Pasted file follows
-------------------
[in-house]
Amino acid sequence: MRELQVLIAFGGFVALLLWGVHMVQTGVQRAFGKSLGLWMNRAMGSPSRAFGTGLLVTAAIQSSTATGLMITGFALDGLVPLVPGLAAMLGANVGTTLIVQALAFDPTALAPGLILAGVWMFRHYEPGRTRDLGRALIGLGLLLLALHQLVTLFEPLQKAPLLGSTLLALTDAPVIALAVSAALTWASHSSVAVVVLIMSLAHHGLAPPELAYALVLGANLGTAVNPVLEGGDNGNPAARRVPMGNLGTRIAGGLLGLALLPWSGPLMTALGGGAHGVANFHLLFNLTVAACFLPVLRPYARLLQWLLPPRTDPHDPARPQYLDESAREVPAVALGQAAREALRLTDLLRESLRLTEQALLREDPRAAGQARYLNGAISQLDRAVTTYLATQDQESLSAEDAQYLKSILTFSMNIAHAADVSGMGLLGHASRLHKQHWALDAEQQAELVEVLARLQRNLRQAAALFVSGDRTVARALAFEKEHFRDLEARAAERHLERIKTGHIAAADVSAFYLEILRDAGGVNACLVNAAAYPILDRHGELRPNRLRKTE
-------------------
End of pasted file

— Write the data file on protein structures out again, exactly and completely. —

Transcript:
[in-house]
Amino acid sequence: MRELQVLIAFGGFVALLLWGVHMVQTGVQRAFGKSLGLWMNRAMGSPSRAFGTGLLVTAAIQSSTATGLMITGFALDGLVPLVPGLAAMLGANVGTTLIVQALAFDPTALAPGLILAGVWMFRHYEPGRTRDLGRALIGLGLLLLALHQLVTLFEPLQKAPLLGSTLLALTDAPVIALAVSAALTWASHSSVAVVVLIMSLAHHGLAPPELAYALVLGANLGTAVNPVLEGGDNGNPAARRVPMGNLGTRIAGGLLGLALLPWSGPLMTALGGGAHGVANFHLLFNLTVAACFLPVLRPYARLLQWLLPPRTDPHDPARPQYLDESAREVPAVALGQAAREALRLTDLLRESLRLTEQALLREDPRAAGQARYLNGAISQLDRAVTTYLATQDQESLSAEDAQYLKSILTFSMNIAHAADVSGMGLLGHASRLHKQHWALDAEQQAELVEVLARLQRNLRQAAALFVSGDRTVARALAFEKEHFRDLEARAAERHLERIKTGHIAAADVSAFYLEILRDAGGVNACLVNAAAYPILDRHGELRPNRLRKTE